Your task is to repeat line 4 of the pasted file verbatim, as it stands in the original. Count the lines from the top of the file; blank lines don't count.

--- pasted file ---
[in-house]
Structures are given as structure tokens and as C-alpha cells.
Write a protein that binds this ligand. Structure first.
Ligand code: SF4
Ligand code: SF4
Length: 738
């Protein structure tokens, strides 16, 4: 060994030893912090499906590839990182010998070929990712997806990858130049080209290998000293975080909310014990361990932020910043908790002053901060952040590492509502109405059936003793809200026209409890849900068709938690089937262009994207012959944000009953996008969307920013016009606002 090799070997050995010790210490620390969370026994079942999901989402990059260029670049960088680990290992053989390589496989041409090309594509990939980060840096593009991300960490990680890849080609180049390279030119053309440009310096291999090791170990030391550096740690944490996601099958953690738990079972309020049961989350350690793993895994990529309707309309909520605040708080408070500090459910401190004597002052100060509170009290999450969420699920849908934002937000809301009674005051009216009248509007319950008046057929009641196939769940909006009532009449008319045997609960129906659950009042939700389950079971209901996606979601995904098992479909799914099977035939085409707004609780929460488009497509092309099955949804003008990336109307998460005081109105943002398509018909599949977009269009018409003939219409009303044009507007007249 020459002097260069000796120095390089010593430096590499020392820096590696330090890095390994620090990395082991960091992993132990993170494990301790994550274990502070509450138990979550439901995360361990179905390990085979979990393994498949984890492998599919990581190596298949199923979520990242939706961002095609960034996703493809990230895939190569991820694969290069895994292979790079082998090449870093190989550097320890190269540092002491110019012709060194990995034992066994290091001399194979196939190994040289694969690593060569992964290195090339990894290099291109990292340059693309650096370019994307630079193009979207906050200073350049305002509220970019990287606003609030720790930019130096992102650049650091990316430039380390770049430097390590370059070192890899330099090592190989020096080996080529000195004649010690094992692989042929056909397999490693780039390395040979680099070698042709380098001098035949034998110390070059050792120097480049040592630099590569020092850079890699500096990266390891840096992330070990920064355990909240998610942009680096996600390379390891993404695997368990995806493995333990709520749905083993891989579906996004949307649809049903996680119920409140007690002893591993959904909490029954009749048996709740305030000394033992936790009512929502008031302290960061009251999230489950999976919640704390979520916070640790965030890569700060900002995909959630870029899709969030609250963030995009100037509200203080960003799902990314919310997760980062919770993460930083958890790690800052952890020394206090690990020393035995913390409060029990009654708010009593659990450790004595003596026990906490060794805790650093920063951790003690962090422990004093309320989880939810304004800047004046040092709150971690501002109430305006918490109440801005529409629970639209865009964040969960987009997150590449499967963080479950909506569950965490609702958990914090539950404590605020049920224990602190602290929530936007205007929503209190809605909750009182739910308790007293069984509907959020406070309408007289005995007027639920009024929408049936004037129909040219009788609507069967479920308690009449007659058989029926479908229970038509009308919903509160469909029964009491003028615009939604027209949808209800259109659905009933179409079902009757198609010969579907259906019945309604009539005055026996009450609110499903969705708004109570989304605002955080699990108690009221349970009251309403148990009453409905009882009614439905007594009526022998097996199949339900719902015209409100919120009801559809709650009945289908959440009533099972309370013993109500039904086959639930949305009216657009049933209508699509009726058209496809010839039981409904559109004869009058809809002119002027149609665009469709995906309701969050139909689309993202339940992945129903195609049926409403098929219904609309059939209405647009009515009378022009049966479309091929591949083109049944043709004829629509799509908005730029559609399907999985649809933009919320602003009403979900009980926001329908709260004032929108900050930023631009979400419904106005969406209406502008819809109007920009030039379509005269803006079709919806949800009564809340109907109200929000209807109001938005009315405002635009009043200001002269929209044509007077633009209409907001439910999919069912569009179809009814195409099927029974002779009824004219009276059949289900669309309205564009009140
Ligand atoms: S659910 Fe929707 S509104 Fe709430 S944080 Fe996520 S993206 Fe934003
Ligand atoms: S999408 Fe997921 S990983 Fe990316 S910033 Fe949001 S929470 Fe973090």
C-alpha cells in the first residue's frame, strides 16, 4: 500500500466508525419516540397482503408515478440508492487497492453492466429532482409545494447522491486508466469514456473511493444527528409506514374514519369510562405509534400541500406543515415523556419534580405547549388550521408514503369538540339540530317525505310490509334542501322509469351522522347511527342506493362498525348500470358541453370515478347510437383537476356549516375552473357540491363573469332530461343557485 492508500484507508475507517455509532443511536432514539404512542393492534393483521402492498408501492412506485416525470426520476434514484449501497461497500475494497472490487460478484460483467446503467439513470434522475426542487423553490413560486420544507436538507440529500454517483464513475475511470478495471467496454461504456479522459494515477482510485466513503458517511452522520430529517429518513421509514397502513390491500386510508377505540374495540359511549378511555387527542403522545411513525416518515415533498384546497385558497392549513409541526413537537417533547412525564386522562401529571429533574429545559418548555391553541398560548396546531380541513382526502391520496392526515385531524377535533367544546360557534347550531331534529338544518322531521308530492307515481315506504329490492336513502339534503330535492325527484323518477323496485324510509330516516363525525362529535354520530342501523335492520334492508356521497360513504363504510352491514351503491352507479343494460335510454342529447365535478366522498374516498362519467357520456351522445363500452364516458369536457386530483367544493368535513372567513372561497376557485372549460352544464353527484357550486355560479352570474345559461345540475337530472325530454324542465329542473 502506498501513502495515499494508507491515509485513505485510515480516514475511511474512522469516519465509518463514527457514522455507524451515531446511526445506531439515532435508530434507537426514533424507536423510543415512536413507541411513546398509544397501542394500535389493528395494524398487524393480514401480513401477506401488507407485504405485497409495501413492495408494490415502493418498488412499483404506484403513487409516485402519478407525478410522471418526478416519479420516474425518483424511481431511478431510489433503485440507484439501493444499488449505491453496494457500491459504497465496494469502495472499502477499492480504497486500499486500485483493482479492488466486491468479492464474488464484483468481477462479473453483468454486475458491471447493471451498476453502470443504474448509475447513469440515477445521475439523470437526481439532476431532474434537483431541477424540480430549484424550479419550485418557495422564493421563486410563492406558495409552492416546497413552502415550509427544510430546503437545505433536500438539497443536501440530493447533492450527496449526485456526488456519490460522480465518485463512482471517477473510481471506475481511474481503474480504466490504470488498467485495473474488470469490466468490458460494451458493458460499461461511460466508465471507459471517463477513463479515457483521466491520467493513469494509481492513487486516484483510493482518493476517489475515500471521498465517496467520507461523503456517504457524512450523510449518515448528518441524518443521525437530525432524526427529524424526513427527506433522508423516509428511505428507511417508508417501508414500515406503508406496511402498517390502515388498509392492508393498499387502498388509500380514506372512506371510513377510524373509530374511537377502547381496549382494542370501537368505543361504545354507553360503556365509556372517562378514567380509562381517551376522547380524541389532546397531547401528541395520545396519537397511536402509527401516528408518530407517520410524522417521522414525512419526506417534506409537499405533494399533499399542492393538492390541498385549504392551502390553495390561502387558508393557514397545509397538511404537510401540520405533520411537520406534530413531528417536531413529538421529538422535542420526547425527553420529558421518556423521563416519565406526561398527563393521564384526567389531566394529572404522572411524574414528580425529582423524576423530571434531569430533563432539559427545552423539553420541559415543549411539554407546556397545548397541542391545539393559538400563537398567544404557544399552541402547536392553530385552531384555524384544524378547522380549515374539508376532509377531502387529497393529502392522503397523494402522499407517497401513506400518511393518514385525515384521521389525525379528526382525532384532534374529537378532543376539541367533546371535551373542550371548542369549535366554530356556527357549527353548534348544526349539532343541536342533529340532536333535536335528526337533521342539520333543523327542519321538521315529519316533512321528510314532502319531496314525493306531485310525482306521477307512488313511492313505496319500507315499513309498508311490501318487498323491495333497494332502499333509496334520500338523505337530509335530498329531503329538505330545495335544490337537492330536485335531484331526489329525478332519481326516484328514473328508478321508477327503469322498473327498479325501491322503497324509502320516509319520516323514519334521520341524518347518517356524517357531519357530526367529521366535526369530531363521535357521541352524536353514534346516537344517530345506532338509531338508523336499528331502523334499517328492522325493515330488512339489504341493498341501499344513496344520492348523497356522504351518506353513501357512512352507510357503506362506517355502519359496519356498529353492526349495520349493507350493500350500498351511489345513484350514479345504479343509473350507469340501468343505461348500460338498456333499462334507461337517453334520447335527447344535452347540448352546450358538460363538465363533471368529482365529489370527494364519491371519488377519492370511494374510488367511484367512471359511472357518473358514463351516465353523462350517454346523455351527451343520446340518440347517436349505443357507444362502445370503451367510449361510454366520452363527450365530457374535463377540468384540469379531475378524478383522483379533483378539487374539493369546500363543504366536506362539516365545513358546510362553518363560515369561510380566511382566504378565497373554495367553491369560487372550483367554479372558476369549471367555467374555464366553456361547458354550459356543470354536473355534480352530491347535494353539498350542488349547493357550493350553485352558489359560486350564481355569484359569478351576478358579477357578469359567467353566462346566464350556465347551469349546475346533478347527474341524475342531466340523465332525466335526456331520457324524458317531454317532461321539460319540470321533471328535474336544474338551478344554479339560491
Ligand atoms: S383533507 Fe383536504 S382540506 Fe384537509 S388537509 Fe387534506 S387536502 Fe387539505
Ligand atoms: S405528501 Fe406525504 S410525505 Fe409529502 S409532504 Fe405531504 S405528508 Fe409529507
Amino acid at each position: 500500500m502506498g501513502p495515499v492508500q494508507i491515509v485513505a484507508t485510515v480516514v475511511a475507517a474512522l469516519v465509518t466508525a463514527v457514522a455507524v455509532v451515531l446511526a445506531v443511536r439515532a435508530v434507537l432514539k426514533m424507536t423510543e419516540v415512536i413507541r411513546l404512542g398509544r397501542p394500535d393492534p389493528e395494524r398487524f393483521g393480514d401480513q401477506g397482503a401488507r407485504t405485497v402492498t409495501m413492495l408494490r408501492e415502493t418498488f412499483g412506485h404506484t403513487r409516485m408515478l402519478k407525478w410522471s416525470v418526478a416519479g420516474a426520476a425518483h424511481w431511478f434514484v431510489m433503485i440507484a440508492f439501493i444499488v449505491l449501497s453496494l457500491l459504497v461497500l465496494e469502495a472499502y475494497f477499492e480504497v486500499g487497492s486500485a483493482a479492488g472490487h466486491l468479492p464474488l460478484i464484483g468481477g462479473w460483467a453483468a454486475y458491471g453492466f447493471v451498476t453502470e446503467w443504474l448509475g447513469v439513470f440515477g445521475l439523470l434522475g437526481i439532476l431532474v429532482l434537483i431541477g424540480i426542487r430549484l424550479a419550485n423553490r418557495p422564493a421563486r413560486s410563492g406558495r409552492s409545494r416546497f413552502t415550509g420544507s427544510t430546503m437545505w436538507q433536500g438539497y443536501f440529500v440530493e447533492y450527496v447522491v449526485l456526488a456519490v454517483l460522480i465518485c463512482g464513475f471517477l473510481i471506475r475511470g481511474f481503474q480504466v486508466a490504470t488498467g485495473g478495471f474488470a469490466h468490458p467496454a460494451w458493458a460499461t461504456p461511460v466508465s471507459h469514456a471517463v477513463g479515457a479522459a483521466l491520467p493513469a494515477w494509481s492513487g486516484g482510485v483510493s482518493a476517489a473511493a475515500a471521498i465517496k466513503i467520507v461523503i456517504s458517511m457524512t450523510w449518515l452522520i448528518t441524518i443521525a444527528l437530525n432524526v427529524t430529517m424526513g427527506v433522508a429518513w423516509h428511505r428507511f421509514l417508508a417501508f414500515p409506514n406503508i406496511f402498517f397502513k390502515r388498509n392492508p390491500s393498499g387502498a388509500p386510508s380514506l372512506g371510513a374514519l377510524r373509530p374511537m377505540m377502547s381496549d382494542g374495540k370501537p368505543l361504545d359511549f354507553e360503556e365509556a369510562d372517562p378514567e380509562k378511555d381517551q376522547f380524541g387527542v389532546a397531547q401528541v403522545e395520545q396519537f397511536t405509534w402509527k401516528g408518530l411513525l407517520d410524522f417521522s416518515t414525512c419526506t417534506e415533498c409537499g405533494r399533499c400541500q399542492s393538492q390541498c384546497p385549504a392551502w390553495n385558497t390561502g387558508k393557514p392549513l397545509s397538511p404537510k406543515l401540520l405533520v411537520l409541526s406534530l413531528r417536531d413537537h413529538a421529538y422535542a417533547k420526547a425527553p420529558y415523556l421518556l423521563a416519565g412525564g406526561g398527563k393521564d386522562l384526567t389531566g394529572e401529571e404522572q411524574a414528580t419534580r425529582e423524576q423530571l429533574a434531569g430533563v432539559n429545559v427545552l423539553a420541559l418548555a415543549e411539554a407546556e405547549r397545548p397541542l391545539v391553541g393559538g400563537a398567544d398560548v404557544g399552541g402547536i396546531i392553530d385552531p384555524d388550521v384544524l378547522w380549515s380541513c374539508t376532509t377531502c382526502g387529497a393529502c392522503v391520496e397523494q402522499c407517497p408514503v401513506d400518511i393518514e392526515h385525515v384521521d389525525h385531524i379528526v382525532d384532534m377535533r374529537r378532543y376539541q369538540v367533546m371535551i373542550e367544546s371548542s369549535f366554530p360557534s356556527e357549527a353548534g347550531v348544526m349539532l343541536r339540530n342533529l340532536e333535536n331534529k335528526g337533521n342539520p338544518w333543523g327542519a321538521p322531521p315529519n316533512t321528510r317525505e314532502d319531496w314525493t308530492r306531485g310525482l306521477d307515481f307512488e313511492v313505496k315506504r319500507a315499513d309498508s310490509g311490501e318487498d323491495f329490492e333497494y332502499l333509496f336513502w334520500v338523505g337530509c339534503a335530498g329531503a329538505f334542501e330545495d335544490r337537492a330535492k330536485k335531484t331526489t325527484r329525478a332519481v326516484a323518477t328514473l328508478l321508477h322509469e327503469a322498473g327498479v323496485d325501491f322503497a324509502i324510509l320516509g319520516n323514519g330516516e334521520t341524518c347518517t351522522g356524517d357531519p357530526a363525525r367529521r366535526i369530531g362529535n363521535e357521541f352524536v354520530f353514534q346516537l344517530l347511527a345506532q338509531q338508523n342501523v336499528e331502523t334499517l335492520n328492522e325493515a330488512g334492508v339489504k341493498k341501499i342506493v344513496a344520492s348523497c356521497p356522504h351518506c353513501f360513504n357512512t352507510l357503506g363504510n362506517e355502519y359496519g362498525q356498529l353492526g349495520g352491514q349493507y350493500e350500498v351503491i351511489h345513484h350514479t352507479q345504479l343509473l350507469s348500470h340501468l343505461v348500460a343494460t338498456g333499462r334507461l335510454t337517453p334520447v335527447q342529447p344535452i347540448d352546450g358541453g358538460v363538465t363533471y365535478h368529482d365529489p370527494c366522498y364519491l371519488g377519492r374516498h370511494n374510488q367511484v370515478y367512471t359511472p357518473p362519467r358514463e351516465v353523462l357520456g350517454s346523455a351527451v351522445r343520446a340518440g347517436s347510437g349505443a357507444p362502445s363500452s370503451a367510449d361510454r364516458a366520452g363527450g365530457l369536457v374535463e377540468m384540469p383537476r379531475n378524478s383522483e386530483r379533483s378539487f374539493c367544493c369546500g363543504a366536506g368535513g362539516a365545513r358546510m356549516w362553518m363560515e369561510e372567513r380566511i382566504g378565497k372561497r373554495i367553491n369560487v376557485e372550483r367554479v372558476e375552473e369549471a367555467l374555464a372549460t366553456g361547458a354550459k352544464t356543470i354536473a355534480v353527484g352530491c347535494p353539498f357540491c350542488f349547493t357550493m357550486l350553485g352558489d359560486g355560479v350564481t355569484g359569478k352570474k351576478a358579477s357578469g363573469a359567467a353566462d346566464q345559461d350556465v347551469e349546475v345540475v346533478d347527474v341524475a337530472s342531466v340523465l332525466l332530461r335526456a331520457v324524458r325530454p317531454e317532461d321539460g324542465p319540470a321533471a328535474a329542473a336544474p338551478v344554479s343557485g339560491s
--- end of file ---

Ligand code: SF4